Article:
Ocean Dynamics

, Volume 56, Issue 1, pp 3–15 | Cite as

Climate change and North Sea storm surge extremes: an ensemble study of storm surge extremes expected in a changed climate projected by four different regional climate models

  • Katja WothEmail author
  • Ralf Weisse
  • Hans von Storch
Original paper


The coastal zones are facing the prospect of changing storm surge statistics due to anthropogenic climate change. In the present study, we examine these prospects for the North Sea based on numerical modelling. The main tool is the barotropic tide-surge model TRIMGEO (Tidal Residual and Intertidal Mudflat Model) to derive storm surge climate and extremes from atmospheric conditions. The analysis is carried out by using an ensemble of four 30-year atmospheric regional simulations under present-day and possible future-enhanced greenhouse gas conditions. The atmospheric regional simulations were prepared within the EU project PRUDENCE (Prediction of Regional scenarios and Uncertainties for Defining EuropeaN Climate change risks and Effects). The research strategy of PRUDENCE is to compare simulations of different regional models driven by the same global control and climate change simulations. These global conditions, representative for 1961–1990 and 2071–2100 were prepared by the Hadley Center based on the IPCC A2 SRES scenario. The results suggest that under future climatic conditions, storm surge extremes may increase along the North Sea coast towards the end of this century. Based on a comparison between the results of the different ensemble members as well as on the variability estimated from a high-resolution storm surge reconstruction of the recent decades it is found that this increase is significantly different from zero at the 95% confidence level for most of the North Sea coast. An exception represents the East coast of the UK which is not affected by this increase of storm surge extremes.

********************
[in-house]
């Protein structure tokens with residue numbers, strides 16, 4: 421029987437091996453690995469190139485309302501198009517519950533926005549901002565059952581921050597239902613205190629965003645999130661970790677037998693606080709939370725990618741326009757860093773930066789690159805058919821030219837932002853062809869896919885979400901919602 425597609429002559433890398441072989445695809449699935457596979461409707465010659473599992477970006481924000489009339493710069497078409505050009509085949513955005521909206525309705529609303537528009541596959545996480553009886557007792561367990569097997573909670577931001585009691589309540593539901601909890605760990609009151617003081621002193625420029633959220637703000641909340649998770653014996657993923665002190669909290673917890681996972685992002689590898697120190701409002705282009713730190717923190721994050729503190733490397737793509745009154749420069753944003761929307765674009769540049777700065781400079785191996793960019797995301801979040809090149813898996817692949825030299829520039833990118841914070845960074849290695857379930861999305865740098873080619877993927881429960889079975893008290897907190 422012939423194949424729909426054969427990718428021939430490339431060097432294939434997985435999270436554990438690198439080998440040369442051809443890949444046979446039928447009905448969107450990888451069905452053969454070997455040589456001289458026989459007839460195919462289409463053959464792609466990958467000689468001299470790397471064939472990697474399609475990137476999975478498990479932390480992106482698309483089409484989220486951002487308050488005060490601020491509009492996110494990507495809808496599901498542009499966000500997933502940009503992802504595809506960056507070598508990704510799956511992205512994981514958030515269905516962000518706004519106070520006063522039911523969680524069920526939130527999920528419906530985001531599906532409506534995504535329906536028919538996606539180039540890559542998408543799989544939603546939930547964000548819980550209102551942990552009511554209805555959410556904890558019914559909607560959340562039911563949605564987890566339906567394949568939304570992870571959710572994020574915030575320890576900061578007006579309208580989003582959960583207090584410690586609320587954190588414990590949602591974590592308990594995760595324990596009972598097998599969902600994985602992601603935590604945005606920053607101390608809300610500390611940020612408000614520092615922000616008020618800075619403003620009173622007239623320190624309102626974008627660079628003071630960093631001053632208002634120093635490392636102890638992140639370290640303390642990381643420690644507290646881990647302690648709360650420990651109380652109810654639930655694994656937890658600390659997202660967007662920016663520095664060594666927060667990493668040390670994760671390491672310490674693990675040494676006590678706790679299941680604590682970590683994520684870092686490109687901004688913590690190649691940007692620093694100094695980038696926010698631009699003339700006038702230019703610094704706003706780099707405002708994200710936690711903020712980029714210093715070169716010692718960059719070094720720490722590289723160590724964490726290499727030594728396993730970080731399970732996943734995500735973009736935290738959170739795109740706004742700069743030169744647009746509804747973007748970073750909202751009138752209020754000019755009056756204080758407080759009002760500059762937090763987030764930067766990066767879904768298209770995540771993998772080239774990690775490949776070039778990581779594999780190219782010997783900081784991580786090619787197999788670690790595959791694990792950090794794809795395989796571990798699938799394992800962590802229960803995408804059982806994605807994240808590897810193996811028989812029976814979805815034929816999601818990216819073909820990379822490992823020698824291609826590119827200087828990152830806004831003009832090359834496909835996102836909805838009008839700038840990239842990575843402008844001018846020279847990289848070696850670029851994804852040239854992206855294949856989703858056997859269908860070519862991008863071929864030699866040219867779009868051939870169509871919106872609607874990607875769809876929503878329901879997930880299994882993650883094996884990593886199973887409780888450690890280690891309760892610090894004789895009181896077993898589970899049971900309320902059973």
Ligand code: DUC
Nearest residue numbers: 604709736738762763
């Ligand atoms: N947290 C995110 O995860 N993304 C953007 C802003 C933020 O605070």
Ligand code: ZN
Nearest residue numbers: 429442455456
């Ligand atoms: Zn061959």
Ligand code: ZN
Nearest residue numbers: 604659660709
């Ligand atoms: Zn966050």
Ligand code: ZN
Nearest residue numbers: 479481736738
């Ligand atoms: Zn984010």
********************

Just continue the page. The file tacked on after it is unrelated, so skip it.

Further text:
Ensemble modelling Dynamical downscaling Storm surge Extreme events Climate change North Sea 



The research was carried out as part of the PRUDENCE (Prediction of Regional scenarios and Uncertainties for Defining EuropeaN Climate change risks and Effects) funded by the European Commission under Framework Programme V Key Action “Global change, climate and biodiversity”, 2002–2005. Contract No. EVK2-CT2001-00132. We are grateful to Saskia Esselborn and Reiner Schnur for many fruitful discussions and their technical support. Atmospheric data to drive our storm surge model were kindly provided by Frauke Feser (GKSS), Ole Bøssing Christensen (DMI), Anders Ullerstig (SMHI), Burkhardt Rockel (GKSS) and Tido Semmler (formerly MPIfM).


  1. Aspelien T, Weisse R (2005) Assimilation of sea level observations for multi-decadal regional ocean model simulations for the North Sea. GKSS report 2005/2Google Scholar
  2. Casulli V, Cattani E (1994) Stability, accuracy and efficiency of a semi-implicit method for three dimensional shallow water flow computers. Math Applic 27:99–112CrossRefGoogle Scholar
  3. Casulli V, Stelling GS (1998) Numerical simulation of 3D quasi-hydrostatic, free-surface flows. J Hydr Eng 124:678–698CrossRefGoogle Scholar
  4. Chabert d’Hieres G, Le Provost C (1978): Atlas des composantes harmoniques de la marée dans la Manche. Les annales hydrographiques, 6, Fascicule 3Google Scholar
  5. Christensen JH, Christensen OB, Lopez P, VanMeijgaard E, and Botzet M (1996) The HIRHAM4 Regional Atmospheric Climate Model. Scientific report. DMI, Copenhagen 96–4: 51Google Scholar